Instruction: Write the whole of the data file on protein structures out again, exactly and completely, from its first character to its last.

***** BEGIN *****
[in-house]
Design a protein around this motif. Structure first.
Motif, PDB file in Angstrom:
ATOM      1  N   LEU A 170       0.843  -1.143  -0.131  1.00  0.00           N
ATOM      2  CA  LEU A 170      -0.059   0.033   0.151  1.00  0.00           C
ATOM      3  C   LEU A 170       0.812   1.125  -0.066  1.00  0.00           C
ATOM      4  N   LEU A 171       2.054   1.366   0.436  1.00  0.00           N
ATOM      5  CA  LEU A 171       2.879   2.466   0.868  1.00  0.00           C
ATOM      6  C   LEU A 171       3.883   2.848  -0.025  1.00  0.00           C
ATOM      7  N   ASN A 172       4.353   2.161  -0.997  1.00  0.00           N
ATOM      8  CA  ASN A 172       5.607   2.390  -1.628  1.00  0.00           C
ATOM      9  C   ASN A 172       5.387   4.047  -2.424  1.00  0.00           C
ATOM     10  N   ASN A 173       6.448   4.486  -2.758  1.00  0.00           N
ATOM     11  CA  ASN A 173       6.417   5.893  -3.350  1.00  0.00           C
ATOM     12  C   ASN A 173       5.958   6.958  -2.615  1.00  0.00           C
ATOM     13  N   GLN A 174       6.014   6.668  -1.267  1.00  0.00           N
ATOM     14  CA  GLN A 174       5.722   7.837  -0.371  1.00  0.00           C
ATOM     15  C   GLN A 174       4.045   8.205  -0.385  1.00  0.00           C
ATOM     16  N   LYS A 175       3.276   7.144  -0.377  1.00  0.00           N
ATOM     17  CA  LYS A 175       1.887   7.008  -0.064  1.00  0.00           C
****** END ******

[in-house]
Design a protein around this motif. Structure first.
Motif, PDB file in Angstrom:
ATOM      1  N   LEU A 170       0.843  -1.143  -0.131  1.00  0.00           N
ATOM      2  CA  LEU A 170      -0.059   0.033   0.151  1.00  0.00           C
ATOM      3  C   LEU A 170       0.812   1.125  -0.066  1.00  0.00           C
ATOM      4  N   LEU A 171       2.054   1.366   0.436  1.00  0.00           N
ATOM      5  CA  LEU A 171       2.879   2.466   0.868  1.00  0.00           C
ATOM      6  C   LEU A 171       3.883   2.848  -0.025  1.00  0.00           C
ATOM      7  N   ASN A 172       4.353   2.161  -0.997  1.00  0.00           N
ATOM      8  CA  ASN A 172       5.607   2.390  -1.628  1.00  0.00           C
ATOM      9  C   ASN A 172       5.387   4.047  -2.424  1.00  0.00           C
ATOM     10  N   ASN A 173       6.448   4.486  -2.758  1.00  0.00           N
ATOM     11  CA  ASN A 173       6.417   5.893  -3.350  1.00  0.00           C
ATOM     12  C   ASN A 173       5.958   6.958  -2.615  1.00  0.00           C
ATOM     13  N   GLN A 174       6.014   6.668  -1.267  1.00  0.00           N
ATOM     14  CA  GLN A 174       5.722   7.837  -0.371  1.00  0.00           C
ATOM     15  C   GLN A 174       4.045   8.205  -0.385  1.00  0.00           C
ATOM     16  N   LYS A 175       3.276   7.144  -0.377  1.00  0.00           N
ATOM     17  CA  LYS A 175       1.887   7.008  -0.064  1.00  0.00           C